The politics of President Trump's immigration deal with Mexico

This is a rush transcript from "Special Report with Bret Baier," June 10, 2019. This copy may not be in its final form and may be updated.


PRESIDENT DONALD TRUMP: It was all done because of the tariffs and because of the relationship that we have with Mexico. I spoke with the president yesterday. We had a great conversation the other day, and I think you're going to see some real action.

MARCELO EBRARD, MEXICAN FOREIGN MINISTER (through translator): After very intense negotiations, we agreed on two measures, one of ours, and one of theirs. And we agreed upon a deadline to do things and see who is in the right. The Mexican National Guard is going to cover the entire national territory and the southern border. That is not derived from the agreement with the United States. That was already established.


BRET BAIER, ANCHOR: President Trump today and the Mexican foreign minister talking about the same thing in different ways, the deal with Mexico and what came out of the weekend after Friday's negotiations. We'll start there with our panel, senior political analyst Brit Hume, A.B. Stoddard, associate editor at Real Clear Politics, and Charles Hurt, opinion editor for "The Washington Times." OK, Brit, bottom line, it's happening. The question is, is it new, does it make a difference, and does it change the dynamic on the border?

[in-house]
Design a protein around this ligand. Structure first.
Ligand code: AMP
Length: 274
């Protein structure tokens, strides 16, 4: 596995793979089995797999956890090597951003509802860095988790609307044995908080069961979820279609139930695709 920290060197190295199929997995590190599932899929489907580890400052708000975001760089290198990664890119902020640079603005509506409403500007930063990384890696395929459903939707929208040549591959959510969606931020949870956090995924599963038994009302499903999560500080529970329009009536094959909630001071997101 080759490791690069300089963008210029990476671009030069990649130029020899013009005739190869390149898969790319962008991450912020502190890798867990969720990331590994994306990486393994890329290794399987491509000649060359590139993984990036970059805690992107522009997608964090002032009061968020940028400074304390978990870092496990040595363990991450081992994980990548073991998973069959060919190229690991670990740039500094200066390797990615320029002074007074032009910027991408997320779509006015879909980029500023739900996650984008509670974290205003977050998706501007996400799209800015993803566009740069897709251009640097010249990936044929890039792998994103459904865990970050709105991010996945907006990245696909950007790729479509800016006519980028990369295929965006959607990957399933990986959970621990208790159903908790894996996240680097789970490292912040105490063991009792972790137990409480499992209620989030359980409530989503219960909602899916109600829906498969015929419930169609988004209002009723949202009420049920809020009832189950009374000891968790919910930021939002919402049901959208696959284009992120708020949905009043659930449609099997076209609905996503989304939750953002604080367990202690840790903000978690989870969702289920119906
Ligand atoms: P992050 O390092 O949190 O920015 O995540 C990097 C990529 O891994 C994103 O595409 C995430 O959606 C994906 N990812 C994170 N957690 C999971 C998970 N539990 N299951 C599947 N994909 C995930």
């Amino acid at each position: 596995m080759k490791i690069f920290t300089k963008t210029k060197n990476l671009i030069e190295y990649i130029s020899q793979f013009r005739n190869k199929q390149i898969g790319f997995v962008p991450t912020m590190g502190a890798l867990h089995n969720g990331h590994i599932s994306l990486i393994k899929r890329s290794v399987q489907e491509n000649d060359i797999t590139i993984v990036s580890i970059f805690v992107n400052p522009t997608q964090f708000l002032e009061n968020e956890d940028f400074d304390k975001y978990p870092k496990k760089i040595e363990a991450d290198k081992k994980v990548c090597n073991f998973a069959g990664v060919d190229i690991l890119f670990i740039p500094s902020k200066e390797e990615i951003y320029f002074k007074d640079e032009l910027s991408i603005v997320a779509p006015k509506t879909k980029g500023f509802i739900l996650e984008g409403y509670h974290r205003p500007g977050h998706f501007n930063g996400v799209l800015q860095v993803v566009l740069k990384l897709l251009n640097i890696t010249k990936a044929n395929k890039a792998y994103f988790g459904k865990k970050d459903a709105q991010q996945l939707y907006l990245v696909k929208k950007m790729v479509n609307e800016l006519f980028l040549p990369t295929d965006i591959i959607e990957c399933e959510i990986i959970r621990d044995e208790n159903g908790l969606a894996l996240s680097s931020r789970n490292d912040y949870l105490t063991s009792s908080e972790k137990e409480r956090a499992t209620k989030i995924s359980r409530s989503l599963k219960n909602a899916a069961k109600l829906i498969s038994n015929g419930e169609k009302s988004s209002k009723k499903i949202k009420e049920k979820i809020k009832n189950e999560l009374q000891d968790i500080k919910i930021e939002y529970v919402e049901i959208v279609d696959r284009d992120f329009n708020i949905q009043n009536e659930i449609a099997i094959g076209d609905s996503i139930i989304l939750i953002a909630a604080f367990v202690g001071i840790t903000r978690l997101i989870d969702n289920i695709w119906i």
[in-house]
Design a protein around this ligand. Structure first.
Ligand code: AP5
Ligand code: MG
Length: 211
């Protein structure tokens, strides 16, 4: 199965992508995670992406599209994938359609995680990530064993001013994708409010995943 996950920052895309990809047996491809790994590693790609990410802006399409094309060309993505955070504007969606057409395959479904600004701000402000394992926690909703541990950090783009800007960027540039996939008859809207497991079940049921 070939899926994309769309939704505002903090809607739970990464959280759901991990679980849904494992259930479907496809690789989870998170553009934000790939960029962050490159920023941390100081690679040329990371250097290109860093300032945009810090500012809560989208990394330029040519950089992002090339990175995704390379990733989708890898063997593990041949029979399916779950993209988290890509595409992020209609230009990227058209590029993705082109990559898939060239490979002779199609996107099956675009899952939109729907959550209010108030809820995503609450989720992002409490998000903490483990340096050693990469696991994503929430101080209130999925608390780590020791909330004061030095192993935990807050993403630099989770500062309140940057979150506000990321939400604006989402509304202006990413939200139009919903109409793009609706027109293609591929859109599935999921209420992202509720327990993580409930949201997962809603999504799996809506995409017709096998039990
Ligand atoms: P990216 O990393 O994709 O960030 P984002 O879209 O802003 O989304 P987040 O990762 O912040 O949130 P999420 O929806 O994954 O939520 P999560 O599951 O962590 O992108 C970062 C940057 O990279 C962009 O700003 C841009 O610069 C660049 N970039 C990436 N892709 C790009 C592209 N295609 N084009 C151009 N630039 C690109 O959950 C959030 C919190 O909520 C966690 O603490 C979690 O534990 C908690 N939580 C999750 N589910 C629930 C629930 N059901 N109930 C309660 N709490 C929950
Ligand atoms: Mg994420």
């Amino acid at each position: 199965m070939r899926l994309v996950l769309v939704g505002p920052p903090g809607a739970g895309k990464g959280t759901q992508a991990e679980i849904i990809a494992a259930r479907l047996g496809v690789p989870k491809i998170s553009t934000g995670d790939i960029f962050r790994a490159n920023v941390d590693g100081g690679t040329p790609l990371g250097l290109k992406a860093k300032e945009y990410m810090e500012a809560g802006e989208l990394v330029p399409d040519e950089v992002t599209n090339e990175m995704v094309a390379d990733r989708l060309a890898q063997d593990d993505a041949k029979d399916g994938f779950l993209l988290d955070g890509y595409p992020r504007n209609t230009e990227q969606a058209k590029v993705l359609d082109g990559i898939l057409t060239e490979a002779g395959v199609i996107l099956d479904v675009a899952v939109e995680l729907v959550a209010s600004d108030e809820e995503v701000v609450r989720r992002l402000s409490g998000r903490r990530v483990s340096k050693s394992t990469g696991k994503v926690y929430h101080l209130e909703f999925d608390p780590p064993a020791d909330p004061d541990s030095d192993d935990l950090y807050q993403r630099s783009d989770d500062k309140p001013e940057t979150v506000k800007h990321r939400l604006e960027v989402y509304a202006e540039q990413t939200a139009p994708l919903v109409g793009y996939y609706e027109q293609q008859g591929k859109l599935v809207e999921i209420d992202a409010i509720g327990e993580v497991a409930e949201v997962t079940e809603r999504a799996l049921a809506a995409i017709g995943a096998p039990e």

BRIT HUME, FOX NEWS SENIOR POLITICAL ANALYST: Certainly, the things they've been talking about, but Mexico clearly has agreed to accelerate some things and make them larger than they were before, and that obviously is in response to the threat of tariffs. It is obviously in Mexico's interest to play this down and say we're going to do this anyway, and it's very much in Trump's interest to say this is a huge deal and I extracted it from them by virtue of my threat of tariffs. But he's made some headway with them. I don't think there is any doubt about that.

BAIER: Here is the secretary of state and the vice president from earlier in the show.


MIKE PENCE, (R) U.S. VICE PRESIDENT: Mexico stepped up. I was in the negotiations Wednesday. They initially offered to move thousands of National Guard to their southern border. But before the end of the day, before the end of the week, 6,000 Mexican National Guard to their southern border.